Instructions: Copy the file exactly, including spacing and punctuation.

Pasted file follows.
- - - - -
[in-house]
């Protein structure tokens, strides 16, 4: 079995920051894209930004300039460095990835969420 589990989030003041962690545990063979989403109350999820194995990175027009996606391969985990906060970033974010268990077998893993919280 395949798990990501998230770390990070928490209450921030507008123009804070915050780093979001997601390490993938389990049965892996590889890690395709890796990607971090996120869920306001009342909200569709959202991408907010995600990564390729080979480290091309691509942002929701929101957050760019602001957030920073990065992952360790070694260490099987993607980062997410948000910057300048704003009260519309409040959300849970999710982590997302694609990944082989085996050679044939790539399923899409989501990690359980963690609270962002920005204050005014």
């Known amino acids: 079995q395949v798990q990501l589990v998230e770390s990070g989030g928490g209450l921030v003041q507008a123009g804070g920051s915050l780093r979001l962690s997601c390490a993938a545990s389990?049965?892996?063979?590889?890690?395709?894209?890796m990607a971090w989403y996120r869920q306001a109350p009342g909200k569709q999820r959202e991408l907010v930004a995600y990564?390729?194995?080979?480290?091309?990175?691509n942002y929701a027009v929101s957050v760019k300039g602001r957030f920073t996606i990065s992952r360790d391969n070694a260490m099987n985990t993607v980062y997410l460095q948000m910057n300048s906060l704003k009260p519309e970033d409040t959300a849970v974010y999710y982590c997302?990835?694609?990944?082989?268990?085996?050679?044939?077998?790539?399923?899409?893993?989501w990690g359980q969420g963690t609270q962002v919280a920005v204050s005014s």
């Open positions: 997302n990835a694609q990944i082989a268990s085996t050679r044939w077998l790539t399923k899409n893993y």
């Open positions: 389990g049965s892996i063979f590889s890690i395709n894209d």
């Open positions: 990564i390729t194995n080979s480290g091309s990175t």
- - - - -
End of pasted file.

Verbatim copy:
[in-house]
């Protein structure tokens, strides 16, 4: 079995920051894209930004300039460095990835969420 589990989030003041962690545990063979989403109350999820194995990175027009996606391969985990906060970033974010268990077998893993919280 395949798990990501998230770390990070928490209450921030507008123009804070915050780093979001997601390490993938389990049965892996590889890690395709890796990607971090996120869920306001009342909200569709959202991408907010995600990564390729080979480290091309691509942002929701929101957050760019602001957030920073990065992952360790070694260490099987993607980062997410948000910057300048704003009260519309409040959300849970999710982590997302694609990944082989085996050679044939790539399923899409989501990690359980963690609270962002920005204050005014």
């Known amino acids: 079995q395949v798990q990501l589990v998230e770390s990070g989030g928490g209450l921030v003041q507008a123009g804070g920051s915050l780093r979001l962690s997601c390490a993938a545990s389990?049965?892996?063979?590889?890690?395709?894209?890796m990607a971090w989403y996120r869920q306001a109350p009342g909200k569709q999820r959202e991408l907010v930004a995600y990564?390729?194995?080979?480290?091309?990175?691509n942002y929701a027009v929101s957050v760019k300039g602001r957030f920073t996606i990065s992952r360790d391969n070694a260490m099987n985990t993607v980062y997410l460095q948000m910057n300048s906060l704003k009260p519309e970033d409040t959300a849970v974010y999710y982590c997302?990835?694609?990944?082989?268990?085996?050679?044939?077998?790539?399923?899409?893993?989501w990690g359980q969420g963690t609270q962002v919280a920005v204050s005014s």
């Open positions: 997302n990835a694609q990944i082989a268990s085996t050679r044939w077998l790539t399923k899409n893993y």
């Open positions: 389990g049965s892996i063979f590889s890690i395709n894209d």
């Open positions: 990564i390729t194995n080979s480290g091309s990175t």